Among all the cities I’ve traveled to, Paris is the one I would call home. Living there for five months I instantly felt a strong connection to the city and its lifestyle. Paris has an ever-lasting power to stun anyone, especially since it’s always changing. Despite this, the city still finds a way to stick to its roots and maintain that original French feel. But among all the things I learned while living here, much like the French people, I think the city is misunderstood. Paris, if given the time to truly explore what it has to offer, is truly a resolution to a mystery.
Perhaps one of the most underrated cities. Copenhagen is astounding in every sense of the word. Whether you’re visiting old canals, art museums, the Black Diamond library, or just riding your bike through the city, you will be amazed at what is around you. A city built on careful thought and progress. Danes, though not the ones to initiate a conversation, will be glad to talk once you start the dialogue. For a country that has an underlying motto about not standing out too much or being above anyone else, Copenhagen definitely has a right to. This city will hit you with wonder before you catch your first breath.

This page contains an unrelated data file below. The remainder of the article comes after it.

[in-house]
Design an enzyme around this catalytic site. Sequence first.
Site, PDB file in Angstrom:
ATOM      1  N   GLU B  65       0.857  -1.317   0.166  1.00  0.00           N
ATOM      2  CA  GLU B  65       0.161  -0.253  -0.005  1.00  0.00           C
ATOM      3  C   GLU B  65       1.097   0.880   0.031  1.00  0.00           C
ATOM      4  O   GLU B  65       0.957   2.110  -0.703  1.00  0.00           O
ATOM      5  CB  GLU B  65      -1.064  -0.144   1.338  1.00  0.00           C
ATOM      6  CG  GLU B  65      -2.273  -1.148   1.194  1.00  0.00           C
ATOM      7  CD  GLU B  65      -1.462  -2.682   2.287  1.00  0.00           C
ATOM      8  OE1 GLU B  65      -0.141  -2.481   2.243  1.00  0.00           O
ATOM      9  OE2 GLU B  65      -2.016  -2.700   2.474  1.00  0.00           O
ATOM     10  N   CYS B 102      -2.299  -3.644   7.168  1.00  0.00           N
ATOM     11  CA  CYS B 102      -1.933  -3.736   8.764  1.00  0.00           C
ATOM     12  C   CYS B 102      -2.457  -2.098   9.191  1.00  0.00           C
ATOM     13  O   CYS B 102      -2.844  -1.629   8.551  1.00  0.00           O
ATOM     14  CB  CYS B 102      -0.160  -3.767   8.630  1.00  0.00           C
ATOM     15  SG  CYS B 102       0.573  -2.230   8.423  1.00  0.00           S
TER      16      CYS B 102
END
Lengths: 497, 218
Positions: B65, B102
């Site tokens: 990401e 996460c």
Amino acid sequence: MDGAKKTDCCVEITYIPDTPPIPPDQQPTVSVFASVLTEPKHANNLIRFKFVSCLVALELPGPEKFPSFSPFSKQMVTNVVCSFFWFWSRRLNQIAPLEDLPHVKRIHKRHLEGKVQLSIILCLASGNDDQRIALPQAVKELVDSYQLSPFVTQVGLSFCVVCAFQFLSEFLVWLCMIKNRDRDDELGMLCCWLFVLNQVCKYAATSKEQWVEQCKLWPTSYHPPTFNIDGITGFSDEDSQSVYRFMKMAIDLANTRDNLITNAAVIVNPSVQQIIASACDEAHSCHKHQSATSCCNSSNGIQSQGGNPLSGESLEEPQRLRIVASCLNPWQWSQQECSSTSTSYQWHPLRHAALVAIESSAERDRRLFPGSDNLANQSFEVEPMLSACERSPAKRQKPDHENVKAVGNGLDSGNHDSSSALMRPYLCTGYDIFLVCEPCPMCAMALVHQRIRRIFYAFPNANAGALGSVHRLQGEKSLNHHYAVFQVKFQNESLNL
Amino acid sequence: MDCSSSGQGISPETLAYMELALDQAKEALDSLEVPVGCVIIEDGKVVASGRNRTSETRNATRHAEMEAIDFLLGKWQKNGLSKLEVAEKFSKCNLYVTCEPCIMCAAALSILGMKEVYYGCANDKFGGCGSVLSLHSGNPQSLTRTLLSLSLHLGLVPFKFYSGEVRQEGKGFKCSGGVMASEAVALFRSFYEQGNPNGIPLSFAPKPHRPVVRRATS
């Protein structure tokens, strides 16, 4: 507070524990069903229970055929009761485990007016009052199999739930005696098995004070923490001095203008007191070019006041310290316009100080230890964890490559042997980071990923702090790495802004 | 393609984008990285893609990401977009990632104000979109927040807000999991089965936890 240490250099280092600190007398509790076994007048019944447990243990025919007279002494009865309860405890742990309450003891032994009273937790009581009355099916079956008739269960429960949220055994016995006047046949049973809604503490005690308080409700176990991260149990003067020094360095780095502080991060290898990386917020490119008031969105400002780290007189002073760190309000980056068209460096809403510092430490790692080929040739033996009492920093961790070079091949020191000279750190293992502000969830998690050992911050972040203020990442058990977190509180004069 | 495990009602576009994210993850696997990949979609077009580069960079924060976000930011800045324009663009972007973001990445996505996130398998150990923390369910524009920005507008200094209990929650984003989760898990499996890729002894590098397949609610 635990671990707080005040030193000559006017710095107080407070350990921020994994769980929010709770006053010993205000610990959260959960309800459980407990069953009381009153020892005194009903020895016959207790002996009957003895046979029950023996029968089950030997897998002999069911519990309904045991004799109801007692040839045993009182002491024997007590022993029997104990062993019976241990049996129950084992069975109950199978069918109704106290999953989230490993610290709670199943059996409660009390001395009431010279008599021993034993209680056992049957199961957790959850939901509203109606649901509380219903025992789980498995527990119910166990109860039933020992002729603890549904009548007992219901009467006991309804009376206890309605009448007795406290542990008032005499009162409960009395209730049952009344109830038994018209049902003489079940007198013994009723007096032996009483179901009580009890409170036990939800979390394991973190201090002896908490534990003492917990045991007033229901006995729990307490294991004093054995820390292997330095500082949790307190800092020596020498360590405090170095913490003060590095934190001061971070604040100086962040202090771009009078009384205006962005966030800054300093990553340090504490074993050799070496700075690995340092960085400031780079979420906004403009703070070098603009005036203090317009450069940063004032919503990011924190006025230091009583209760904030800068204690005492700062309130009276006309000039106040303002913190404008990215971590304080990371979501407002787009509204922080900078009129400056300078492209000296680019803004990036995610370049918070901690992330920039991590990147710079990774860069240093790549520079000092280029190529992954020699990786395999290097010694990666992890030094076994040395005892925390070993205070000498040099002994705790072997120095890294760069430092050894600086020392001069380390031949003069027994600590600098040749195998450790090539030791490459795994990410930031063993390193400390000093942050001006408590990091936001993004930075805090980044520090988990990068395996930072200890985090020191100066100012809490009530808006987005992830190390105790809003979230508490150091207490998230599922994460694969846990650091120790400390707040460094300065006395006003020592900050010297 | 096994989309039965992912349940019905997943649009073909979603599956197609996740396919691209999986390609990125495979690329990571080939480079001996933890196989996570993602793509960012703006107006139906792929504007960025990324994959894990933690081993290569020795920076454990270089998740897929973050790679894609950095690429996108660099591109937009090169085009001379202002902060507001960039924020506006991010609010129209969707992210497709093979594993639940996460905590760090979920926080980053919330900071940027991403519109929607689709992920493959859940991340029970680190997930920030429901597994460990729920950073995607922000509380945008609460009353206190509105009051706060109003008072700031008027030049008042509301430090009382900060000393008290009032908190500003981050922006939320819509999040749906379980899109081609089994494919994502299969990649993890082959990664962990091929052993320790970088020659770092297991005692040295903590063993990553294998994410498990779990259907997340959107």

Washington D.C: Diverse
Washington D.C., being the United State’s capital, has huge European influences, heavily noticeable in its architecture and urban design. The layout for the National Mall was surprisingly based off of the design for the gardens of Versailles. Every step you take feels powerful because of the amount of history surrounding you. Whether you’re braving the cold in January or having a picnic in August, D.C. is very diverse and worth visiting. The Natural Science Museum, National Air and Space Museum (both of them – hint), the Holocaust Museum, and pretty much anything on the National Mall should not be missed when touring the city -particularly the National Gallery of Art. D.C also has a rich and growing food scene worth checking out. Among many things, D.C. is very diverse.
Milan / Lake Como: Contradictory & Colorful